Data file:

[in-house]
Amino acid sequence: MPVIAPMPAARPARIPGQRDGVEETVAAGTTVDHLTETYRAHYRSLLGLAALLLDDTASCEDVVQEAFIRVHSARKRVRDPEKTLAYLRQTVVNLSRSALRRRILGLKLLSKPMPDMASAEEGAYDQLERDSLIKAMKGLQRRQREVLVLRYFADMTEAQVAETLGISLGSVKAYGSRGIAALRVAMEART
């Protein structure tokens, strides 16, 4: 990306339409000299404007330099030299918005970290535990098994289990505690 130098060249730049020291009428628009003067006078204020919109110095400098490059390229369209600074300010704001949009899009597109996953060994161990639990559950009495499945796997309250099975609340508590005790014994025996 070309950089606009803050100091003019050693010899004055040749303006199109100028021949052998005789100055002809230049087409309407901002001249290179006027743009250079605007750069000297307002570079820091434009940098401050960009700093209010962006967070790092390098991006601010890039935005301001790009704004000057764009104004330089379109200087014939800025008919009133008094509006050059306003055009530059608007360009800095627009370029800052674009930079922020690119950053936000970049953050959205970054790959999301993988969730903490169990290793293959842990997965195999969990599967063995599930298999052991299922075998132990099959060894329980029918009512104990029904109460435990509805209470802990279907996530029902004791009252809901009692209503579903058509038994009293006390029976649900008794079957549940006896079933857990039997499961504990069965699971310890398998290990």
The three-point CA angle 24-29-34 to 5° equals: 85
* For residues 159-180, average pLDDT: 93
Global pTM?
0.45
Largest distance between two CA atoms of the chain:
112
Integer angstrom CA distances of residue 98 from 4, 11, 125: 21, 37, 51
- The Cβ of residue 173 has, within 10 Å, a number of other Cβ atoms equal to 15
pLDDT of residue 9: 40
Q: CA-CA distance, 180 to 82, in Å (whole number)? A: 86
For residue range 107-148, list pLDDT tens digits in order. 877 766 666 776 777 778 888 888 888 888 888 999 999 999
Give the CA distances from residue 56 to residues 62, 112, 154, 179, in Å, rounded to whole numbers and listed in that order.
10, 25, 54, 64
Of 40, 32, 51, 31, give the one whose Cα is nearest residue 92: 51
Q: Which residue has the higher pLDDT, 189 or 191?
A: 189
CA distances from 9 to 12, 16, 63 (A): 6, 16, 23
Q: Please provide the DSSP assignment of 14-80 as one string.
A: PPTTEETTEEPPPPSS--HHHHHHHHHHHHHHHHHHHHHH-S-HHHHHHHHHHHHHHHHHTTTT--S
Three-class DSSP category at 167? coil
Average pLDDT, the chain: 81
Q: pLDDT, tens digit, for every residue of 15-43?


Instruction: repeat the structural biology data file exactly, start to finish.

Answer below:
[in-house]
Amino acid sequence: MPVIAPMPAARPARIPGQRDGVEETVAAGTTVDHLTETYRAHYRSLLGLAALLLDDTASCEDVVQEAFIRVHSARKRVRDPEKTLAYLRQTVVNLSRSALRRRILGLKLLSKPMPDMASAEEGAYDQLERDSLIKAMKGLQRRQREVLVLRYFADMTEAQVAETLGISLGSVKAYGSRGIAALRVAMEART
């Protein structure tokens, strides 16, 4: 990306339409000299404007330099030299918005970290535990098994289990505690 130098060249730049020291009428628009003067006078204020919109110095400098490059390229369209600074300010704001949009899009597109996953060994161990639990559950009495499945796997309250099975609340508590005790014994025996 070309950089606009803050100091003019050693010899004055040749303006199109100028021949052998005789100055002809230049087409309407901002001249290179006027743009250079605007750069000297307002570079820091434009940098401050960009700093209010962006967070790092390098991006601010890039935005301001790009704004000057764009104004330089379109200087014939800025008919009133008094509006050059306003055009530059608007360009800095627009370029800052674009930079922020690119950053936000970049953050959205970054790959999301993988969730903490169990290793293959842990997965195999969990599967063995599930298999052991299922075998132990099959060894329980029918009512104990029904109460435990509805209470802990279907996530029902004791009252809901009692209503579903058509038994009293006390029976649900008794079957549940006896079933857990039997499961504990069965699971310890398998290990």
The three-point CA angle 24-29-34 to 5° equals: 85
* For residues 159-180, average pLDDT: 93
Global pTM?
0.45
Largest distance between two CA atoms of the chain:
112
Integer angstrom CA distances of residue 98 from 4, 11, 125: 21, 37, 51
- The Cβ of residue 173 has, within 10 Å, a number of other Cβ atoms equal to 15
pLDDT of residue 9: 40
Q: CA-CA distance, 180 to 82, in Å (whole number)? A: 86
For residue range 107-148, list pLDDT tens digits in order. 877 766 666 776 777 778 888 888 888 888 888 999 999 999
Give the CA distances from residue 56 to residues 62, 112, 154, 179, in Å, rounded to whole numbers and listed in that order.
10, 25, 54, 64
Of 40, 32, 51, 31, give the one whose Cα is nearest residue 92: 51
Q: Which residue has the higher pLDDT, 189 or 191?
A: 189
CA distances from 9 to 12, 16, 63 (A): 6, 16, 23
Q: Please provide the DSSP assignment of 14-80 as one string.
A: PPTTEETTEEPPPPSS--HHHHHHHHHHHHHHHHHHHHHH-S-HHHHHHHHHHHHHHHHHTTTT--S
Three-class DSSP category at 167? coil
Average pLDDT, the chain: 81
Q: pLDDT, tens digit, for every residue of 15-43?